Archive for the ‘Quotes’ Category

IMG_1513.JPGImage by Brett Jordan, used through a CC License. This photo has not been altered.

“America deserves the Osteens. The consumer culture, the cult of the therapeutic, the marketing impulse, and the sheer superficiality of American cultural Christianity probably made the Osteens inevitable. The Osteens are phenomenally successful because they are the exaggerated fulfillment of the self-help movement and the cult of celebrity rolled into one massive mega-church media empire. And, to cap it all off, they give Americans what Americans crave — reassurance delivered with a smile.”
– Albert Mohler, via

I can’t really add anything to this. I truly believe the Osteen’s and their ilk are a judgment from God on the culture-at-large, and the American church in particular.

There really is nothing new here. Nothing these people do surprises me any more.

Read the whole article. It’s a good read on a bad theology that is very dangerous.

Here’s a link to a humorous and appropriate response to Mrs. Osteen:

simul iustus et peccator,

Eric Adams


20140805-093752-34672680.jpgStrasbourg Cathedral – Stained glass windows – Jesus calming a storm, used through a CC License.

“It is not entirely unreasonable for those who want to be followers of Jesus to think that because he is in the boat suffering will not arise. But suffering does come, and the wind roars around and the sky turns black, and the storm of all storms appears to envelop all in darkness and terror. Jesus, don’t you care that we are perishing becomes an incredulous for all who would wish for immunity from the troubles of life. But Jesus’s answer reminds us that faith does not insulate us from life’s storms. Indeed, as noted author Craig Barnes has written “Faith…has little to do with our doctrines or even with our belief that Jesus could come up with a miracle if he would only pay attention. Faith has everything to do with seeing that…the Savior [is] on board“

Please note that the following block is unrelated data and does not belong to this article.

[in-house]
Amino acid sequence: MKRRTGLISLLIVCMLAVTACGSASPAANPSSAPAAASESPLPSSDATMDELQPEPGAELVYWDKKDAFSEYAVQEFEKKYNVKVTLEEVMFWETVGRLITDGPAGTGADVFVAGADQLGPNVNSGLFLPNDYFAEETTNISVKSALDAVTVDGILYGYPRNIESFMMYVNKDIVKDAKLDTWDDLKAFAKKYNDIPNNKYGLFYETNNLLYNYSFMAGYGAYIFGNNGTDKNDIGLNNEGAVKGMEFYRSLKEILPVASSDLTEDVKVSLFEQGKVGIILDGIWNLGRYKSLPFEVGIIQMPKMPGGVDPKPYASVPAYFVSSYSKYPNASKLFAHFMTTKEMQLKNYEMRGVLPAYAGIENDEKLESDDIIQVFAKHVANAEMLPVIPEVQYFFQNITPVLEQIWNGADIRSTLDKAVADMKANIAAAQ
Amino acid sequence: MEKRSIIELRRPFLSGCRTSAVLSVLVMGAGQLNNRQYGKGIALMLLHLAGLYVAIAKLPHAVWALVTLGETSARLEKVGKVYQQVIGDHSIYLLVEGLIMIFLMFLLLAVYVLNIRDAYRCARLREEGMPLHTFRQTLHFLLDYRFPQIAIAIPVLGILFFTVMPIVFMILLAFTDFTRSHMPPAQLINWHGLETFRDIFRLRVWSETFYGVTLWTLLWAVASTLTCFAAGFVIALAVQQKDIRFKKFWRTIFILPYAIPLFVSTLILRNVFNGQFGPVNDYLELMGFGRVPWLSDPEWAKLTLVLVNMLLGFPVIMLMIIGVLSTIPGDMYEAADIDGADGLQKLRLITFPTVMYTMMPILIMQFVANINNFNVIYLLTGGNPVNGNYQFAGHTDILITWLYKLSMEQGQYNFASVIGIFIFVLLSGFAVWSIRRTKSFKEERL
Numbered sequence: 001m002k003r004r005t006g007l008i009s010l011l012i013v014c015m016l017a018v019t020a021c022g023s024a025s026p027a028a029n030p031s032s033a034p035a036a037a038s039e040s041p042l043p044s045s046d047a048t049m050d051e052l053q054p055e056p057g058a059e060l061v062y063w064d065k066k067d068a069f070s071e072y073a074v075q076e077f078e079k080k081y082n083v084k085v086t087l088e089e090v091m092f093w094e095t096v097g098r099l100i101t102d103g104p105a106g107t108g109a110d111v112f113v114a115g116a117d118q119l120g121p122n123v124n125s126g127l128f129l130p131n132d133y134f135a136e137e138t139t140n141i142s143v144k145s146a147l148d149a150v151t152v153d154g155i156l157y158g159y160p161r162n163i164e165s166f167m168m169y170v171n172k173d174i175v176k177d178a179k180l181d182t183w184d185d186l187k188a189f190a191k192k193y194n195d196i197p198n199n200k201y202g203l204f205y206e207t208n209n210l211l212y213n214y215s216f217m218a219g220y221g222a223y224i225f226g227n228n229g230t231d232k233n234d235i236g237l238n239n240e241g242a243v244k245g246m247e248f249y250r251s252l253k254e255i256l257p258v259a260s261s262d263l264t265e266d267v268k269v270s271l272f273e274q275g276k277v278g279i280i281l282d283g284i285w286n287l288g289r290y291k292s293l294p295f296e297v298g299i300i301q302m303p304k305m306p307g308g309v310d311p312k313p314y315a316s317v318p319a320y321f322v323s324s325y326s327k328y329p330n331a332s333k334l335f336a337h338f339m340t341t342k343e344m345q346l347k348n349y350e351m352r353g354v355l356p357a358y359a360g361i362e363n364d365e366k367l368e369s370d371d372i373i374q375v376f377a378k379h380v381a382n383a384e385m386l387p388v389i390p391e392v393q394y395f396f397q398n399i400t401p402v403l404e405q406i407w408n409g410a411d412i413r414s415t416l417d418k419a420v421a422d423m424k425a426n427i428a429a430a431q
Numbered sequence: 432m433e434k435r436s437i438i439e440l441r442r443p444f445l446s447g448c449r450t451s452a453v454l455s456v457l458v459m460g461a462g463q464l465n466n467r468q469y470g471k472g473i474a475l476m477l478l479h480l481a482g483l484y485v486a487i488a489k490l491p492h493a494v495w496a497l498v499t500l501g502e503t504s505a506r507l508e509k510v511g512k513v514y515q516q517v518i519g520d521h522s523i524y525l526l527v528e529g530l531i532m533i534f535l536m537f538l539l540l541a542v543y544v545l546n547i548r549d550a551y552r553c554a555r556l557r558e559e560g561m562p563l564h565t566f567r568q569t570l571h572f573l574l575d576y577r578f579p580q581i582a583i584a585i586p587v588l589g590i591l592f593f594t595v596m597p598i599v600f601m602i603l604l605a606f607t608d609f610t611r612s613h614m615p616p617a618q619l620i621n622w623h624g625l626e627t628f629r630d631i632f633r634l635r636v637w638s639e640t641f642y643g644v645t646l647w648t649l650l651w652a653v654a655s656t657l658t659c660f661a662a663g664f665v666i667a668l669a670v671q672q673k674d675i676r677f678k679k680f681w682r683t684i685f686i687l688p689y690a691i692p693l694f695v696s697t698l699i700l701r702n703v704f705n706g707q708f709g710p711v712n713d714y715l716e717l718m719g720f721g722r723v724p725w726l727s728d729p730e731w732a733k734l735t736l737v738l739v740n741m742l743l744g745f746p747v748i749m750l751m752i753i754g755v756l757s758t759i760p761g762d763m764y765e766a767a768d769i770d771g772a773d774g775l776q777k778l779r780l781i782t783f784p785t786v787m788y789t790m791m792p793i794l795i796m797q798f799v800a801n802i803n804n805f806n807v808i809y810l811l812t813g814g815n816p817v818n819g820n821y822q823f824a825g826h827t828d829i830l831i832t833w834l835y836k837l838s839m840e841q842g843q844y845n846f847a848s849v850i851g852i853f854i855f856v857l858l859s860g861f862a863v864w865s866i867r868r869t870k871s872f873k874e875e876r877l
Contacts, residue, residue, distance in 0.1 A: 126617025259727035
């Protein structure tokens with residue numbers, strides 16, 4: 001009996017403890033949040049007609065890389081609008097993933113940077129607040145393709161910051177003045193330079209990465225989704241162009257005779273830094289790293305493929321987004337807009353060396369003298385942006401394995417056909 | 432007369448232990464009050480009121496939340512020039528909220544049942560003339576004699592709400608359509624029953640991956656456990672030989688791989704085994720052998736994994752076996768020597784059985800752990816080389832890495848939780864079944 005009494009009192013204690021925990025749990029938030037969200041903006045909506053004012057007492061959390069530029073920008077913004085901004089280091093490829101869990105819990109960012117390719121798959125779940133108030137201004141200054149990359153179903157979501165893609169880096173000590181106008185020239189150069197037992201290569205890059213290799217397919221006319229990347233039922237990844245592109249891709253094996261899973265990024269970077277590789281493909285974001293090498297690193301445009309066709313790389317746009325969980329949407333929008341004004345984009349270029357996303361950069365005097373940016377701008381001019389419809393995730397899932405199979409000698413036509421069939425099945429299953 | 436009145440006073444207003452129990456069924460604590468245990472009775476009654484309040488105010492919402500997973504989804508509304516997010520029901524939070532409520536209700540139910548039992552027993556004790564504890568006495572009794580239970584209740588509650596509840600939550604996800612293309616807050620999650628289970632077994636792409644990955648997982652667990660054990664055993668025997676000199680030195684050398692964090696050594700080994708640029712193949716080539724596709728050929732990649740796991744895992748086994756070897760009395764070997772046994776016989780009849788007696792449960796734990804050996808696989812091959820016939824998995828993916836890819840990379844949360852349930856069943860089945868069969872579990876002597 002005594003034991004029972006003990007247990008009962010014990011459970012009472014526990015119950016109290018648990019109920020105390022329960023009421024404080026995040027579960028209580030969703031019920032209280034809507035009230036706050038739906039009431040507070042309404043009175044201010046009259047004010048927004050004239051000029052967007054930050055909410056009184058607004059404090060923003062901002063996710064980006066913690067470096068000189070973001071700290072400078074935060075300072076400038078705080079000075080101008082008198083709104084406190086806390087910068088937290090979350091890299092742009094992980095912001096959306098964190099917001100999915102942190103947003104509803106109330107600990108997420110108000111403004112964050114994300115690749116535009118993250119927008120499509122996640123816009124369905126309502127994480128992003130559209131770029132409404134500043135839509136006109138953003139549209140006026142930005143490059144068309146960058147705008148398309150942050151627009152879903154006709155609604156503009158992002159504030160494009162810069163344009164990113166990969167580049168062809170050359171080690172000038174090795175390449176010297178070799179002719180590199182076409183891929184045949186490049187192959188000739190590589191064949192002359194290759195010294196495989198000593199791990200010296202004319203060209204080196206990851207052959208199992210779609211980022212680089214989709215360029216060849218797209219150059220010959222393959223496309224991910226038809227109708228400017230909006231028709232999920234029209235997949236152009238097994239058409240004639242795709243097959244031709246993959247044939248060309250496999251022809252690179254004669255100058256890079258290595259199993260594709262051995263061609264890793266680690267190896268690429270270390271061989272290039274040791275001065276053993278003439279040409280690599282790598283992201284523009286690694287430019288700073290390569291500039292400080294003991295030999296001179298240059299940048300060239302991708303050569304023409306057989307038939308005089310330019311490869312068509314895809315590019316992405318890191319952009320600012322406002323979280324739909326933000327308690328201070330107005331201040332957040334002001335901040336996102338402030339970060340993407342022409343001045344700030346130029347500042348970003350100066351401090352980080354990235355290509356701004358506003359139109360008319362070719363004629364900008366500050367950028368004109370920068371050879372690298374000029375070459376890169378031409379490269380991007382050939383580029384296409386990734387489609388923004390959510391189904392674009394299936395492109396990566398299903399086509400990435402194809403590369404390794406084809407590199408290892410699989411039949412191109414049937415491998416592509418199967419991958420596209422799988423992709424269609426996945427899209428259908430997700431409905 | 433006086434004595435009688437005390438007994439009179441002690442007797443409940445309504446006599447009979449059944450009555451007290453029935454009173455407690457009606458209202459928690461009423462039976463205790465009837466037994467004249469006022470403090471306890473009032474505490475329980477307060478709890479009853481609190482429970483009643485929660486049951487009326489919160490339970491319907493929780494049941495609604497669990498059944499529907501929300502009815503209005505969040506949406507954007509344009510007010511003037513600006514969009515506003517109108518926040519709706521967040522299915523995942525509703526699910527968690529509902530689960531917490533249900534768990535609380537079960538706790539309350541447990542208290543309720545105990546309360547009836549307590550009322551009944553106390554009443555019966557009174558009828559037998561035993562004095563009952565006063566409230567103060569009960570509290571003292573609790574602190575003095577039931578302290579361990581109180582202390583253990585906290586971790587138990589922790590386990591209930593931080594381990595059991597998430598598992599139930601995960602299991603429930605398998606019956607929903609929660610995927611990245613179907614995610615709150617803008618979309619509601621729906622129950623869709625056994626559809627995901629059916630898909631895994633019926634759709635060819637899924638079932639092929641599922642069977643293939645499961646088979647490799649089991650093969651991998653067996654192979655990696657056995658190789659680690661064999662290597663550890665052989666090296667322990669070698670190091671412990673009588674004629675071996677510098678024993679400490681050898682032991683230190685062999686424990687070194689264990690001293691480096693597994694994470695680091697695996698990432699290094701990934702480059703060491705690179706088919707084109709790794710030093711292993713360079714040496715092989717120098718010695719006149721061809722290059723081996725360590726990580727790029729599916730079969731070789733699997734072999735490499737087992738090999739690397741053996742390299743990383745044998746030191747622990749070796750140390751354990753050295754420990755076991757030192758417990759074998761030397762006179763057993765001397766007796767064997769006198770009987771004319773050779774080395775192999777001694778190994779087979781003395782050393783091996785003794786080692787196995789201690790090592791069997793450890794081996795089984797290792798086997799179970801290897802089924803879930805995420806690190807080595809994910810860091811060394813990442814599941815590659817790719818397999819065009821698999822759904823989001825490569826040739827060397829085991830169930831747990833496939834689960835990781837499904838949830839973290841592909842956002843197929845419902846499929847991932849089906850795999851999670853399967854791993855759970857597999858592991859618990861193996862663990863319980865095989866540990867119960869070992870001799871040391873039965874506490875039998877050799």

– Ravi Zacharias


We all have those questions…you know, the ones that basically begin with “why God…?”. The difficult thing is that He doesn’t ever clearly answer the “why” question. When Job asks it The Lord answers with “were you there when I created the universe?”. He simply refers Job to His Eternality and Omnipotence.

When the disciples ask Jesus about the killing of priests by Roman soldiers, Jesus replies with “unless you repent you will all likewise perish”, referring to the fact that the universal problem is not the fact that people die, but that they die in their sins. No clear answer to the why question.

In the boat story, Jesus doesn’t answer the disciples questioning of His not caring. He simply stills the storm, and rebukes the disciples for their lack of Faith.

There will always be questions about theodicy (the theist’s response to the problem of evil). It is an emotional, as well as rational conundrum.

Why doesn’t God answer the question straightforwardly?